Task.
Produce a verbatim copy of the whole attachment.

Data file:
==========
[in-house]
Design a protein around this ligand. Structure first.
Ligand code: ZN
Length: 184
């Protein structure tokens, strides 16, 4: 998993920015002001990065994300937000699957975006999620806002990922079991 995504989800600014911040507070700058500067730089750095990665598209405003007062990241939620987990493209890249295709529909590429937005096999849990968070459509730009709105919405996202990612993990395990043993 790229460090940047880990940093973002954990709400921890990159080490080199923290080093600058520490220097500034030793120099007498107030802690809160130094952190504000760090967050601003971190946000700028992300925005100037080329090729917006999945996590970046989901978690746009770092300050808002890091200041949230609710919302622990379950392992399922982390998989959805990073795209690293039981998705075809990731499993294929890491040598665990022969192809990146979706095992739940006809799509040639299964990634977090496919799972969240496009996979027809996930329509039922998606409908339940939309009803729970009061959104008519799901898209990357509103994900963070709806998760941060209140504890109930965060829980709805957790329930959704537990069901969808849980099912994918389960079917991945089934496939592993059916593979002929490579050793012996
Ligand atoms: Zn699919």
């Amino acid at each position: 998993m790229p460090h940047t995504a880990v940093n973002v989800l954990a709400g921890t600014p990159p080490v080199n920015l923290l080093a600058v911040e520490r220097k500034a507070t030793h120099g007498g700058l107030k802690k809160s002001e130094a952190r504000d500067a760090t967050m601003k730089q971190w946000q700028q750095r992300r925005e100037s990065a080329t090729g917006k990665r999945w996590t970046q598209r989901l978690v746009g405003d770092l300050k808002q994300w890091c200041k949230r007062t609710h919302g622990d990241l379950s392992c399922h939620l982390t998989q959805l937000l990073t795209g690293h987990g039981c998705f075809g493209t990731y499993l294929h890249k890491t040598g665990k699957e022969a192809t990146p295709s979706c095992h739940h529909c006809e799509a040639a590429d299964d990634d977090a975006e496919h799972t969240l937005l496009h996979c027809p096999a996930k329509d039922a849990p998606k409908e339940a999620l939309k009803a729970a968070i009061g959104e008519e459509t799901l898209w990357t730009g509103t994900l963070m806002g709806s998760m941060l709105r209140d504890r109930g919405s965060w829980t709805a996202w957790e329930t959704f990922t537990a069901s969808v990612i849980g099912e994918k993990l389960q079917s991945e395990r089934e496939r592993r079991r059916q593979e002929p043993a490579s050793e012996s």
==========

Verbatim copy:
[in-house]
Design a protein around this ligand. Structure first.
Ligand code: ZN
Length: 184
């Protein structure tokens, strides 16, 4: 998993920015002001990065994300937000699957975006999620806002990922079991 995504989800600014911040507070700058500067730089750095990665598209405003007062990241939620987990493209890249295709529909590429937005096999849990968070459509730009709105919405996202990612993990395990043993 790229460090940047880990940093973002954990709400921890990159080490080199923290080093600058520490220097500034030793120099007498107030802690809160130094952190504000760090967050601003971190946000700028992300925005100037080329090729917006999945996590970046989901978690746009770092300050808002890091200041949230609710919302622990379950392992399922982390998989959805990073795209690293039981998705075809990731499993294929890491040598665990022969192809990146979706095992739940006809799509040639299964990634977090496919799972969240496009996979027809996930329509039922998606409908339940939309009803729970009061959104008519799901898209990357509103994900963070709806998760941060209140504890109930965060829980709805957790329930959704537990069901969808849980099912994918389960079917991945089934496939592993059916593979002929490579050793012996
Ligand atoms: Zn699919």
């Amino acid at each position: 998993m790229p460090h940047t995504a880990v940093n973002v989800l954990a709400g921890t600014p990159p080490v080199n920015l923290l080093a600058v911040e520490r220097k500034a507070t030793h120099g007498g700058l107030k802690k809160s002001e130094a952190r504000d500067a760090t967050m601003k730089q971190w946000q700028q750095r992300r925005e100037s990065a080329t090729g917006k990665r999945w996590t970046q598209r989901l978690v746009g405003d770092l300050k808002q994300w890091c200041k949230r007062t609710h919302g622990d990241l379950s392992c399922h939620l982390t998989q959805l937000l990073t795209g690293h987990g039981c998705f075809g493209t990731y499993l294929h890249k890491t040598g665990k699957e022969a192809t990146p295709s979706c095992h739940h529909c006809e799509a040639a590429d299964d990634d977090a975006e496919h799972t969240l937005l496009h996979c027809p096999a996930k329509d039922a849990p998606k409908e339940a999620l939309k009803a729970a968070i009061g959104e008519e459509t799901l898209w990357t730009g509103t994900l963070m806002g709806s998760m941060l709105r209140d504890r109930g919405s965060w829980t709805a996202w957790e329930t959704f990922t537990a069901s969808v990612i849980g099912e994918k993990l389960q079917s991945e395990r089934e496939r592993r079991r059916q593979e002929p043993a490579s050793e012996s």